Can you take the energy from a mousetrap and use it to power a car? Try it out!
This project results in a very simple mousetrap car. It probably won't go very far or fast, but it'll help you learn the basics of how this type of car works. Then you can try your hand at building a more complex car. See some ideas at the end of the project.
SAFETY NOTE: Mousetraps are dangerous! If one snaps back on your hand it could break a finger. This project requires adult permission and supervision.
What You Need:
- Wooden snap-back mousetrap
- Duct tape
- 4 eye hooks
- Wooden dowel that fits inside the eye hooks
- Heavy cardboard
- Large and small rubber bands
- Foam board (usually found at a craft store)
- Ruler or straight edge
- Utility knife
What You Do:
- Have an adult help you use a utility knife to cut four wheels out of a piece of foam board or corrugated cardboard. Make the back wheels about double the diameter of the front wheels. (Use a compass to draw the circles, or trace around a bowl or cup.)
- Give your wheels some traction by stretching large rubber bands around each wheel. For the small wheels you could also try using a section of a balloon.
- If there are metal or plastic teeth on the mousetrap, remove them carefully using a pair of pliers. Also remove the rod that is used to set the trap.
- Start building the base, or chassis, of the car by cutting a piece of strong cardboard so that it is slightly bigger (about 1/2") than the mousetrap on every side. Use duct tape to attach the mousetrap to the base. Don't cover up the spring in the middle of the trap or the "snapper arm."
- Screw the eye hooks onto the bottom of the cardboard chassis, one in each corner. Use a ruler to make sure that the eye hooks are aligned with each other.
- Cut the wooden dowel so you have two pieces that are both about two inches longer than the width of the chassis you have made. These will serve as your axles that rotate the wheels. Stick the dowels through the eye loops. Make sure that the axles are straight and that there is room for them to spin in the eye hooks.
- Cut holes a little bit smaller than the dowel through the center of each wheel, then attach the wheels to the base. Put the large wheels on the back of the car, opposite the snapper arm. Wrap a small rubber band around the axle on either side of each wheel so the wheels can't fall off.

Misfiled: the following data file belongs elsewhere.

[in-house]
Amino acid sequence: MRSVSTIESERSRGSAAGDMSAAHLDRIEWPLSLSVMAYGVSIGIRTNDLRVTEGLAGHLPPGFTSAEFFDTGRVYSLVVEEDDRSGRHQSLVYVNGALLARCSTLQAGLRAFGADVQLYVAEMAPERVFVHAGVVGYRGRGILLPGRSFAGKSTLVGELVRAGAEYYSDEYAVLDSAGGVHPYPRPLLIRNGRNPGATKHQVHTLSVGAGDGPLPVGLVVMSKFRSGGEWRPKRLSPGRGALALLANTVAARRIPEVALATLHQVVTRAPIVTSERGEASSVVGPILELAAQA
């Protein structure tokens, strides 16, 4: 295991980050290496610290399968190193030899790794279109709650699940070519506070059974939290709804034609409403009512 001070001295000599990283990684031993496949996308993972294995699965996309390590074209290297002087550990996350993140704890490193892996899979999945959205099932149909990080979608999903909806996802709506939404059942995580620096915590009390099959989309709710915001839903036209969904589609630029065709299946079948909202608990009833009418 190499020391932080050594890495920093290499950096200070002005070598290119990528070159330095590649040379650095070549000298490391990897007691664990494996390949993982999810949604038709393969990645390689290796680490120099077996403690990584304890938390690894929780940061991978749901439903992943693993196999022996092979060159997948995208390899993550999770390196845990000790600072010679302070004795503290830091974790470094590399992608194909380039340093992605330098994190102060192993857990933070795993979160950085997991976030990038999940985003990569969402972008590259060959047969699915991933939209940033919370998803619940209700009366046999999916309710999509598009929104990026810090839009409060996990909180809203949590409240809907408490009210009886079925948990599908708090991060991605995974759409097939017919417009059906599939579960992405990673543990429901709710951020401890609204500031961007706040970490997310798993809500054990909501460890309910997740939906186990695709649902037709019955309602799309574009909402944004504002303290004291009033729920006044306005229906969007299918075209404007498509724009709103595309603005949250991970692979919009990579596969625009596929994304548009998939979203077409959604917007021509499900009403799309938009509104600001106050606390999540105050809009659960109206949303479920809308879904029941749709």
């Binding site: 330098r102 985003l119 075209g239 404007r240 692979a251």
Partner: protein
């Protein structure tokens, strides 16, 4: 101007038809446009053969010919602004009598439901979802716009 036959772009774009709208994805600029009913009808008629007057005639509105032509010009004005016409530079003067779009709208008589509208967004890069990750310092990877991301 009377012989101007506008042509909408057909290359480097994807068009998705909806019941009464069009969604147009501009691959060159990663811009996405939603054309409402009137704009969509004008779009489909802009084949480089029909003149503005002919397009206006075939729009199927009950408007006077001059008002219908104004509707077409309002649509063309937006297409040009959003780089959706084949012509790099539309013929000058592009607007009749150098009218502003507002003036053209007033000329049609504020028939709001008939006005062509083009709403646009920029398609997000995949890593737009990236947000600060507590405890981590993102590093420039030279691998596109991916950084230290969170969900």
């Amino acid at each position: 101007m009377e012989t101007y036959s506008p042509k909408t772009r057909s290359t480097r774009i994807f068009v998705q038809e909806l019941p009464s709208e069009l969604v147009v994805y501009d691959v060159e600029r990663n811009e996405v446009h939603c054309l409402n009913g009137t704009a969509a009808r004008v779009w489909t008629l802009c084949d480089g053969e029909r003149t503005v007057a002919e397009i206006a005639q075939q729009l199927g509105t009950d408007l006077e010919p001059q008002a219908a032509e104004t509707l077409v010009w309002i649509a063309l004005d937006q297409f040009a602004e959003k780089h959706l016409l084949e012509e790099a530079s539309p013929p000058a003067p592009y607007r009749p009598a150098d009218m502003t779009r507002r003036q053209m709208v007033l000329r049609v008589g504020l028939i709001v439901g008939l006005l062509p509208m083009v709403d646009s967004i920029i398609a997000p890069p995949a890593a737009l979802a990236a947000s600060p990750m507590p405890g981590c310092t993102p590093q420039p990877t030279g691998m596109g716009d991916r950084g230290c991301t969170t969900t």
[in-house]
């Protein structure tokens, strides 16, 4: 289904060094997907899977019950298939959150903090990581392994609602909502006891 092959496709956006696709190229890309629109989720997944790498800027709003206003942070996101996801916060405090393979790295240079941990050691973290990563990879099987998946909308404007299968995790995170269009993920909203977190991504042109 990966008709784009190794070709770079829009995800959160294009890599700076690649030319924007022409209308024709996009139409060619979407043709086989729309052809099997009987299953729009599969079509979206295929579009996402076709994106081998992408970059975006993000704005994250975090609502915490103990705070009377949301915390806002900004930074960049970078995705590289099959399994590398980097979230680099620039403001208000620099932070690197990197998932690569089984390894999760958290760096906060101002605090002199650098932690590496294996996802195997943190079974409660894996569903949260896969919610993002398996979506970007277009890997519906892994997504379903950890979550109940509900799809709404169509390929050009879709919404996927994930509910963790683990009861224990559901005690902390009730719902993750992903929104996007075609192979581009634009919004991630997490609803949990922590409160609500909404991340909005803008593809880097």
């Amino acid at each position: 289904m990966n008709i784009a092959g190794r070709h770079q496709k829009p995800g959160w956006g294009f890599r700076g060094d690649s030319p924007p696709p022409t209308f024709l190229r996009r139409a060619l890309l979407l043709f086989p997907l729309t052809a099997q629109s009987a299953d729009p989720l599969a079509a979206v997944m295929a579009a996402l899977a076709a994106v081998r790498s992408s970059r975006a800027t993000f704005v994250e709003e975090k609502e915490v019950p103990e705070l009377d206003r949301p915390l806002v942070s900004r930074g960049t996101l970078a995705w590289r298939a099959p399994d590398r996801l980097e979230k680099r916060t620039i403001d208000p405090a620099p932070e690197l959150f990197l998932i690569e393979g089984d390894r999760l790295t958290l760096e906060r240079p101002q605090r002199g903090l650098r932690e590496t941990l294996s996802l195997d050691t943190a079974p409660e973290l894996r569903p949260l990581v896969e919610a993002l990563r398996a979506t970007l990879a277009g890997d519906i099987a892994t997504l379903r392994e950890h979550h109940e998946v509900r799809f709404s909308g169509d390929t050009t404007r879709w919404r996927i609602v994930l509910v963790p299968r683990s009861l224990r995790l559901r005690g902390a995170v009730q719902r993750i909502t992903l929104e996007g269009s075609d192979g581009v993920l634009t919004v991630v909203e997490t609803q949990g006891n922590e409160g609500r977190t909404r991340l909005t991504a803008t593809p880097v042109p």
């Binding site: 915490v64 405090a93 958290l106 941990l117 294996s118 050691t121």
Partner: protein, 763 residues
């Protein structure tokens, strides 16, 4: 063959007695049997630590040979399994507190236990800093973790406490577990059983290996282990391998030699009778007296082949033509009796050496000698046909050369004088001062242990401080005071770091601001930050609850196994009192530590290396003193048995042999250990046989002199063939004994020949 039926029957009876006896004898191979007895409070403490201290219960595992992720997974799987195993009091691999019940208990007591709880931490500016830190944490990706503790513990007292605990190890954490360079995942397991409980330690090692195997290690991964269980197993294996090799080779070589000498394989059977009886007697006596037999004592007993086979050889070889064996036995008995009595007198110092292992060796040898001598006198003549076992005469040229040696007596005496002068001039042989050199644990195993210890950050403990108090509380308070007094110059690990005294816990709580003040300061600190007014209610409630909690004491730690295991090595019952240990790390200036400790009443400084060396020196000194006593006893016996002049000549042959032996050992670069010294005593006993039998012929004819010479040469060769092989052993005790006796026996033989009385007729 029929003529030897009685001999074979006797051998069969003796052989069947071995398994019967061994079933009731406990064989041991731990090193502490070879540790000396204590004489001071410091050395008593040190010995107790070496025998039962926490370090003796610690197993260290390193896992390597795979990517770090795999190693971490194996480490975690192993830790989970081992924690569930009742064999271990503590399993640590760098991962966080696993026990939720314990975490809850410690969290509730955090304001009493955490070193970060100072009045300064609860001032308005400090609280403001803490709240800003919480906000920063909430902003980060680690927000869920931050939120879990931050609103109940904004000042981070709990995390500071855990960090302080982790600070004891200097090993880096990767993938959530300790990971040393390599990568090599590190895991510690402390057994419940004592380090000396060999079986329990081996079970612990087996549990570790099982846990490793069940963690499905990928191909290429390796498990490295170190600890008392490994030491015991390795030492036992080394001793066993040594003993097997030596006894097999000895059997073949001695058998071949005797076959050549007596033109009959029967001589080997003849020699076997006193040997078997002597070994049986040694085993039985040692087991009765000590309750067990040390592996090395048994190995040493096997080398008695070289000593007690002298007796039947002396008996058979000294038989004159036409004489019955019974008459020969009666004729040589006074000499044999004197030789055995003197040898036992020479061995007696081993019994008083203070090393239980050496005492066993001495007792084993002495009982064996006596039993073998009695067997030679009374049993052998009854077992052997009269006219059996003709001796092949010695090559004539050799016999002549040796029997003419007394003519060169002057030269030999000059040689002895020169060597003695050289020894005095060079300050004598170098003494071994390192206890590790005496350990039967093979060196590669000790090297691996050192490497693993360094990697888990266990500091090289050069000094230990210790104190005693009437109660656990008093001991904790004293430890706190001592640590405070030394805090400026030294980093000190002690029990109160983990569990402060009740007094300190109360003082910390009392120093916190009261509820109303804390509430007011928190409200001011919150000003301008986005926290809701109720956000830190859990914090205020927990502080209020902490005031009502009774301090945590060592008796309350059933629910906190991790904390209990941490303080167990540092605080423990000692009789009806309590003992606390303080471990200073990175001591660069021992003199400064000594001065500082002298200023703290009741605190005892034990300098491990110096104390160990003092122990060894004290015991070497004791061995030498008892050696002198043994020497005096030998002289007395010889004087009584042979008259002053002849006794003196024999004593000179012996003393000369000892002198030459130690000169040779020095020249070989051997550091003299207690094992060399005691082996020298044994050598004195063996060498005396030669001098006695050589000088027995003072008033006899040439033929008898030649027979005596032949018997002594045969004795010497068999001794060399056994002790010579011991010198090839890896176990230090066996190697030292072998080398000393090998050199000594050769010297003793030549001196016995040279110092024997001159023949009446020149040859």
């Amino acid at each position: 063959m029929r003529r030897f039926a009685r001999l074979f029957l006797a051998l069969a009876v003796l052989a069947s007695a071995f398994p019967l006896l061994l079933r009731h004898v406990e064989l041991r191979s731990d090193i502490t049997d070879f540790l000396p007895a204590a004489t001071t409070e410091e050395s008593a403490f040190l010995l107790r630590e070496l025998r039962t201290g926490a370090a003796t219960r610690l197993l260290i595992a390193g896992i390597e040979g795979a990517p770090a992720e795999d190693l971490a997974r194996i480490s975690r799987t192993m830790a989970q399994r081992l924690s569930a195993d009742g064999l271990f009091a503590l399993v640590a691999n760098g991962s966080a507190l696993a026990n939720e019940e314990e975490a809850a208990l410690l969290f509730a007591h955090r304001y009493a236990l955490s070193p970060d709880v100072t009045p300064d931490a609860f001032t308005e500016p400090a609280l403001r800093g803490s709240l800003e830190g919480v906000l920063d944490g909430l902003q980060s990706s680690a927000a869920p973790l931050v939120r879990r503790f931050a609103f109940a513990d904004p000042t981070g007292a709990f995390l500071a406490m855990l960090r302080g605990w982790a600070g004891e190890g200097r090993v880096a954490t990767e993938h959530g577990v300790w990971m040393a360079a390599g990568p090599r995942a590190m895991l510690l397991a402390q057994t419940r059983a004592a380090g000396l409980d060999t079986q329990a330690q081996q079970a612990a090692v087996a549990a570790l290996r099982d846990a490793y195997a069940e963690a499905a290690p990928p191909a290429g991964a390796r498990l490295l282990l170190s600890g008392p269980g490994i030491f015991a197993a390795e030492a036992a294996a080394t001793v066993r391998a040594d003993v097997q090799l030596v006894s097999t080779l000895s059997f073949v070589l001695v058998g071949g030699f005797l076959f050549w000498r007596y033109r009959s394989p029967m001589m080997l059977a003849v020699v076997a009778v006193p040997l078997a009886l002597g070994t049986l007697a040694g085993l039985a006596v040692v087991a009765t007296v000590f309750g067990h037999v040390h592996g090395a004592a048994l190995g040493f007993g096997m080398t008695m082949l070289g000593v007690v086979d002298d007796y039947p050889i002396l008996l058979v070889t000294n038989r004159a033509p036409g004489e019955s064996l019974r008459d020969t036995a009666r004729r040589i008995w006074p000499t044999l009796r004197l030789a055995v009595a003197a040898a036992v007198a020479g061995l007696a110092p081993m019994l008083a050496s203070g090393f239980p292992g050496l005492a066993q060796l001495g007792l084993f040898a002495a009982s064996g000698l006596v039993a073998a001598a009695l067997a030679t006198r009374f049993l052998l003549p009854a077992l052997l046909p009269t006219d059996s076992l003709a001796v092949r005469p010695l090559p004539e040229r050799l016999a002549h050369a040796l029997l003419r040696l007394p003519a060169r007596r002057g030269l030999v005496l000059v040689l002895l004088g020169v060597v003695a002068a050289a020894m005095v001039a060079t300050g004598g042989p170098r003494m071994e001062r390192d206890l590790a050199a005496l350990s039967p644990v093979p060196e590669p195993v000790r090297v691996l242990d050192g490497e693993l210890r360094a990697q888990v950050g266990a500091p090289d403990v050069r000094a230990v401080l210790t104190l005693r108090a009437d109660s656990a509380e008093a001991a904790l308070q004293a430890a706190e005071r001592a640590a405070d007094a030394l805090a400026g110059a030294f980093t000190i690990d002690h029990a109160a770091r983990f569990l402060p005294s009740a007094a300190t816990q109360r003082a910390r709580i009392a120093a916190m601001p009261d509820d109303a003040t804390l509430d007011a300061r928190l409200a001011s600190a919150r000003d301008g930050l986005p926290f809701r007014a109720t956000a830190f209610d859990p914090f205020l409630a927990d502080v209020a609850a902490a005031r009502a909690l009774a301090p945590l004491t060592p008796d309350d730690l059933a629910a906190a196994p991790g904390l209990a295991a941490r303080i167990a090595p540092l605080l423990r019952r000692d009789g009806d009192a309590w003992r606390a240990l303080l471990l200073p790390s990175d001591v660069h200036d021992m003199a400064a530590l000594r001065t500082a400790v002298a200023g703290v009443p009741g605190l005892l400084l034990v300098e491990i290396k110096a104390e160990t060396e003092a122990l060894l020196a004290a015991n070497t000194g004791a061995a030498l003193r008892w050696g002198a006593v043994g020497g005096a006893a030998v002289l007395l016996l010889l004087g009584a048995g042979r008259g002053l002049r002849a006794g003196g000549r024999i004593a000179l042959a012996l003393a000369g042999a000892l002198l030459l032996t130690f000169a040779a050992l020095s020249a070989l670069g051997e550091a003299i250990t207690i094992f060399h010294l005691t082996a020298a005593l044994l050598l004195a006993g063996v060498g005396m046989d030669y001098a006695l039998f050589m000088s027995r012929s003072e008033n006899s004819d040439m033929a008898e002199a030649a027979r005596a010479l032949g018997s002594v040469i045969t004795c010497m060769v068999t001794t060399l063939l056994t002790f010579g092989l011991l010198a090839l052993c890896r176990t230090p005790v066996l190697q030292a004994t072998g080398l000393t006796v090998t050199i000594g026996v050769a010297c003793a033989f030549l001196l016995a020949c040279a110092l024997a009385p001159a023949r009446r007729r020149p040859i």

- Tie a string very tightly to the snapper arm on the mouse trap. The string should be long enough to just reach to the back axle.
- You may need someone to help you with this last step. Carefully pull back the snapper arm until it reaches the other end of the trap. Hold it in place while your helper wraps the string tightly around one side of the axle. Holding the string tightly, set the car on the ground and carefully let go of the trap - the string should be wound tight enough that it holds the trap in place. Next, make sure everyone's hands are out of the way and then let go of the string. The trap will snap forward, propelling your car.
A set mousetrap is full of potential energy which, when released, is converted to kinetic (motion) energy. The design of your car allowed that energy to be transferred to the axle to make the wheels turn. When the trap snapped closed, it yanked the string forward. As the string was pulled, friction between it and the axle caused the axle to rotate, spinning the wheels and moving the car forward.
There are many different ways to build a mousetrap car. Your simple model moves forward a few feet, but how could you design it to go longer distances? Or how could you design it to go faster? Here are some things to think about:
- wheel-to-axle ratio. For distance cars, larger wheels are best. Every time your axle turns one time, so do your wheels — if the wheels have a much larger diameter than the axle, the car will go further on each turn of the axle than it would if the wheels were smaller. It takes more force to accelerate a car with a large wheel-to-axle ratio, so smaller wheels will work better if you want your car to be fast.
- inertia. Newton's first law of motion states that objects at rest tend to stay at rest, and objects in motion tend to stay in motion unless acted on by an external force. Inertia is the tendency to resist changes in motion, and the more inertia something has, the more force will be necessary to change its state of motion. If your mousetrap car is very heavy, it will require greater force to get it moving. To avoid too much inertia, think about how you can build a lighter car.
- rate of energy release. If the energy from the mousetrap is released quickly, your car will accelerate quickly and run faster. However, it will also run out of energy sooner. If the energy from the mousetrap is released slowly, the car will move slower, but be powered for a longer distance. One way to try making the energy release slower is to lengthen the lever arm by attaching something (pencil, dowel, etc.) to the snapper arm and tying the string to the end of that. (This will give you a longer piece of string than the one tied directly to the snapper arm.)
- friction. Analyze all the points of friction on your car, where two substances rubbing together can slow the car down or bring it to a stop. Think especially of how to reduce friction between your axle and the eye hooks attaching them to the body of the car. Some friction is good, however - the friction that enables the wheels to grip the floor is called traction, and without it the force of the trap may make your wheels "spin out" instead of propelling the car forward. The above procedure used rubber bands to provide traction; can you think of a better way?
Other ideas for improving the car:
- make it more durable by using lightweight wood such as balsa or basswood instead of cardboard.
- use CDs or records as the wheels.
- glue a small hook to the axle and connect the string to it with a small loop, then wrap the string by turning the wheels in reverse.